United States: FTC Report On 'Sharing' Economy Highlights Business Issues And Potential Regulatory Concerns For Platforms, Buyers And Sellers

Last Updated: November 30 2016
Article by Gary Kibel

The Federal Trade Commission (FTC) has issued a four-part, 100-page report examining peer-to-peer platforms such as Uber, Lyft and Airbnb, which many refer to as the "sharing" economy. The report addresses these kinds of Internet- and app-based services, highlights their competitive benefits, and explores the consumer protection "challenges" facing the FTC and other regulators. The sharing economy is at the intersection of many issues previously raised by the FTC, including big data, privacy and the "Internet of Things." Click here and here to read previous D&G Alerts on FTC reports in these areas.


In June 2015, the FTC held a public workshop that examined competition, consumer protection and the economic issues arising from sharing economy activity. The FTC also issued a request for comments and received over 2,000 public comments in response.

The new FTC report describes and summarizes the ideas and issues discussed at the workshop and the comments the FTC received. The first part of the report focuses on the economics of sharing economy marketplaces, particularly how these platforms use technology to facilitate low-cost transacting among many small suppliers and buyers, as well as certain competition issues that may arise as sharing economy marketplaces mature.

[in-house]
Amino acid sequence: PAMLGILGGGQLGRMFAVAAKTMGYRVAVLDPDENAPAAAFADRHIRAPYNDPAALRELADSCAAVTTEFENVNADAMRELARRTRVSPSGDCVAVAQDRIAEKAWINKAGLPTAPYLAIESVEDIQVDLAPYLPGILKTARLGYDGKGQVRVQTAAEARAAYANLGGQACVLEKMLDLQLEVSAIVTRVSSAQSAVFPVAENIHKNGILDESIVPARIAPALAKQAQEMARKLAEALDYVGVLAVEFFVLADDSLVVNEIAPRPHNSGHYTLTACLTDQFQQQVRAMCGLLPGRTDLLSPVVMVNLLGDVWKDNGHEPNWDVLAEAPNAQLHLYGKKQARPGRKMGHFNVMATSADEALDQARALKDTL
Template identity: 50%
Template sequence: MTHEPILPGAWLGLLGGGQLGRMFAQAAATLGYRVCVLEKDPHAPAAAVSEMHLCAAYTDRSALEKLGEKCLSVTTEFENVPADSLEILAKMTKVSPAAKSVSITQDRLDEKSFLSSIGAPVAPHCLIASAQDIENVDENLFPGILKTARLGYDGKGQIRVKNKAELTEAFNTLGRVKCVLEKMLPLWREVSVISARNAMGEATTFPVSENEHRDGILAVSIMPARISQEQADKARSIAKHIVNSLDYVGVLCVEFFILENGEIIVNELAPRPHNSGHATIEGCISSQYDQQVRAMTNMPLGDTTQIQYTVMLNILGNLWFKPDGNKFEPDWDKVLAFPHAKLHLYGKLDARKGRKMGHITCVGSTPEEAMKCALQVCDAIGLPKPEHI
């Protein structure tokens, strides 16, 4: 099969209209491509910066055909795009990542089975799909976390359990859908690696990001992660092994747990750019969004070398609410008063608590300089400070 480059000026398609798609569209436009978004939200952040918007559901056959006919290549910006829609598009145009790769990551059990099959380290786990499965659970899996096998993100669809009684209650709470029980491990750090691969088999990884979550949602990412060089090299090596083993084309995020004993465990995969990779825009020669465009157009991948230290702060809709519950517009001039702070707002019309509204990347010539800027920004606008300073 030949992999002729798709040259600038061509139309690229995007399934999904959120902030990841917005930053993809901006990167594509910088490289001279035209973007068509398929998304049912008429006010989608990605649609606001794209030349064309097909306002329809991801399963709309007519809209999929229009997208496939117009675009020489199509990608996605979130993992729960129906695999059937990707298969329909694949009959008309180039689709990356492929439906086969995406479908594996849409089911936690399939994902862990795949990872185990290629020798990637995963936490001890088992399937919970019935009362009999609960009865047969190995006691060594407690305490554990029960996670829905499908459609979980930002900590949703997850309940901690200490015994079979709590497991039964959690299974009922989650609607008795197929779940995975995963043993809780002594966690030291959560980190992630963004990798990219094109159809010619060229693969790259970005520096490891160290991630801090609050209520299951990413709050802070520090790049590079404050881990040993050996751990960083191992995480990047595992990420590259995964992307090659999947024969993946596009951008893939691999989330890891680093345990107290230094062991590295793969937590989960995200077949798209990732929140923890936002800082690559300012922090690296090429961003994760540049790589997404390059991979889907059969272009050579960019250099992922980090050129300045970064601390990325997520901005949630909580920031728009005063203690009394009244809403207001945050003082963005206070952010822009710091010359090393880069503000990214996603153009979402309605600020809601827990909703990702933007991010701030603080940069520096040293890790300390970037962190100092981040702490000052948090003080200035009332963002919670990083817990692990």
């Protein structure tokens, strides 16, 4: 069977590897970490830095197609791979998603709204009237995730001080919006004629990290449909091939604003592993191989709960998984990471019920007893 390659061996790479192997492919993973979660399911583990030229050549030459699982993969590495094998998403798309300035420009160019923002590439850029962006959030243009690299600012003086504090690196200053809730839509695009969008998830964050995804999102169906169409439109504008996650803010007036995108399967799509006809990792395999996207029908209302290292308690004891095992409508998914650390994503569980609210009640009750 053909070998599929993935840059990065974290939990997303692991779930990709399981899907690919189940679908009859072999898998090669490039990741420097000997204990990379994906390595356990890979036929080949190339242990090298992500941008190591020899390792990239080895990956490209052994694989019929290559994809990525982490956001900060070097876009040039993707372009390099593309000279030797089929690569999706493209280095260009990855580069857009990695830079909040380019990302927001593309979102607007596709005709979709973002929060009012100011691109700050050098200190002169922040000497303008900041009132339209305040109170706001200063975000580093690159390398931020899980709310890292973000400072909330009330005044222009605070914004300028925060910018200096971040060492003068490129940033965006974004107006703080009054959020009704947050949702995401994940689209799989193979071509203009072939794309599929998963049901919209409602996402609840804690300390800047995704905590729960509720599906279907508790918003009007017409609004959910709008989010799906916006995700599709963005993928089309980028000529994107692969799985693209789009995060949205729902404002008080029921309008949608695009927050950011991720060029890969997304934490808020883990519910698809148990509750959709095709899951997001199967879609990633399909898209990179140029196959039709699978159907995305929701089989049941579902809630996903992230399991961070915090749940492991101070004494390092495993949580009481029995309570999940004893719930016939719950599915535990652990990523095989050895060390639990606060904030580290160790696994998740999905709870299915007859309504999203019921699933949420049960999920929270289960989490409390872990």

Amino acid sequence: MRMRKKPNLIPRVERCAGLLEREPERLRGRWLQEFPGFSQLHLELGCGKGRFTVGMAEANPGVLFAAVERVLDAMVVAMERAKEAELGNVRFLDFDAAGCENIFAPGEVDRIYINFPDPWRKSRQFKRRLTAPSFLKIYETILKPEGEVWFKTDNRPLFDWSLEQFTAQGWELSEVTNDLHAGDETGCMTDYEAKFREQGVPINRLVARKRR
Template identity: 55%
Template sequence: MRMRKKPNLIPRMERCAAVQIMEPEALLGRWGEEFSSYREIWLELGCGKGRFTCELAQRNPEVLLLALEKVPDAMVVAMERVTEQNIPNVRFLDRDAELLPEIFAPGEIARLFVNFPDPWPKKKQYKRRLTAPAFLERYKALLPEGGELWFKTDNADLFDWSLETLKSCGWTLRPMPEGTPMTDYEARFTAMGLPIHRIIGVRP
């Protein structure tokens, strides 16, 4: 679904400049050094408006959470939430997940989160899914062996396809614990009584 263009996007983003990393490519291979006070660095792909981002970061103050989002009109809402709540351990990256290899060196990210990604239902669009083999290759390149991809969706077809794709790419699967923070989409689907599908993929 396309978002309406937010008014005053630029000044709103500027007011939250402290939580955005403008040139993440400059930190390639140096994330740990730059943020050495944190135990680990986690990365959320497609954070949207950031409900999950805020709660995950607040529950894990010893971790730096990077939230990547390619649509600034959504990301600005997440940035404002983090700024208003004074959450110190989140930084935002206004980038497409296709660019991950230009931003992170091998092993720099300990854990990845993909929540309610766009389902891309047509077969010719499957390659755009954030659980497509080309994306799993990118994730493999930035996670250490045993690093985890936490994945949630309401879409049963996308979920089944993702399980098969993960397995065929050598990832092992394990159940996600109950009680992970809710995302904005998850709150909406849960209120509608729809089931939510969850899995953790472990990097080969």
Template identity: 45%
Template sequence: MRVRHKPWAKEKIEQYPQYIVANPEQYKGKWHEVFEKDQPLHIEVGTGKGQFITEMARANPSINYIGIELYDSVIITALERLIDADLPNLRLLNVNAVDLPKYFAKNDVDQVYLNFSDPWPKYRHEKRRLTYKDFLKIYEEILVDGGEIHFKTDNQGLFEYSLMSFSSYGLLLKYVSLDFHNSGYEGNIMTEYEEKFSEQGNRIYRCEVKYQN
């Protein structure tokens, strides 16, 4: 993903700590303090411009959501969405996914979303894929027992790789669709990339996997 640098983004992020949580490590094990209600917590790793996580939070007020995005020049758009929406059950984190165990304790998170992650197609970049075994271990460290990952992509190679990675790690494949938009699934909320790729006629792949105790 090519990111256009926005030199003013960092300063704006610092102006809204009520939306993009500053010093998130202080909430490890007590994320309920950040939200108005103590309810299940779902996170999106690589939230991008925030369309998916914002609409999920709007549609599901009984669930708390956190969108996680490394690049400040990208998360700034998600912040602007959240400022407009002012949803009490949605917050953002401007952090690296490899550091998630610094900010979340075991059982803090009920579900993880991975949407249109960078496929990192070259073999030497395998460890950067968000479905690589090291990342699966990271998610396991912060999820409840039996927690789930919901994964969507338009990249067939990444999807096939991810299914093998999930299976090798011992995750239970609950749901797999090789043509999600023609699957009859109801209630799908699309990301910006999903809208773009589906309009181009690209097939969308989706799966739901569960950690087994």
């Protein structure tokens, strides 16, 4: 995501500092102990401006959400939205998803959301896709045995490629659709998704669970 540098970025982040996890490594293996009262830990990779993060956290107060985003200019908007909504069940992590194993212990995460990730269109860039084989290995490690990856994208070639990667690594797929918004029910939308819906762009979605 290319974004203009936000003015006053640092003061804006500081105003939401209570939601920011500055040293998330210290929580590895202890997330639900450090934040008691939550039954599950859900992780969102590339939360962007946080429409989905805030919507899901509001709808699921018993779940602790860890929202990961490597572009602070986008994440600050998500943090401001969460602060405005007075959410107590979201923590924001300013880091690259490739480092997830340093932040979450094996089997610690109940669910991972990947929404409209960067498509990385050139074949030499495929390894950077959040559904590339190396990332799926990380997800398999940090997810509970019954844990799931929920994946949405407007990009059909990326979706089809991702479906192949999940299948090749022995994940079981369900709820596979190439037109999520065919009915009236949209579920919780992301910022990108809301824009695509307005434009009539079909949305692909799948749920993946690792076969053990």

Next, the report addresses technology-enabled trust mechanisms that platforms have implemented to give participants confidence that transactions will go smoothly.

The third portion of the report examines what governments should consider when thinking about regulating sharing economy platforms and suppliers.

The final section discusses the rise of short-term lodging and for-hire transportation services, the competition between platform-based suppliers and traditional businesses, and the debate over how regulators should respond.

The Economics

The report explains that a sharing economy marketplace involves three sets of players: the platform, which provides an online marketplace accessible by various Internet-connected digital communications devices; the buyers (also referred to as consumers, riders or renters); and the sellers (also referred to as suppliers, providers or hosts).

As is well recognized, a sharing economy platform may compete with other platforms to attract buyers and sellers as well as with traditional suppliers of goods and services similar to those sold over the platform. For example, Uber and Lyft compete with existing taxicab companies for riders, as well as with each other, for drivers and riders.

The report observes that the general economic questions raised by sharing economy platforms are not novel but that serious study of sharing economy platforms is largely in its early stages. Nonetheless, the report suggests that platforms can succeed by providing thick marketplaces (where participants have a substantial number of potential matches on the other side of the market), effective and inexpensive searching and matching mechanisms, and mechanisms so that buyers and sellers feel confident that their transaction will proceed as agreed.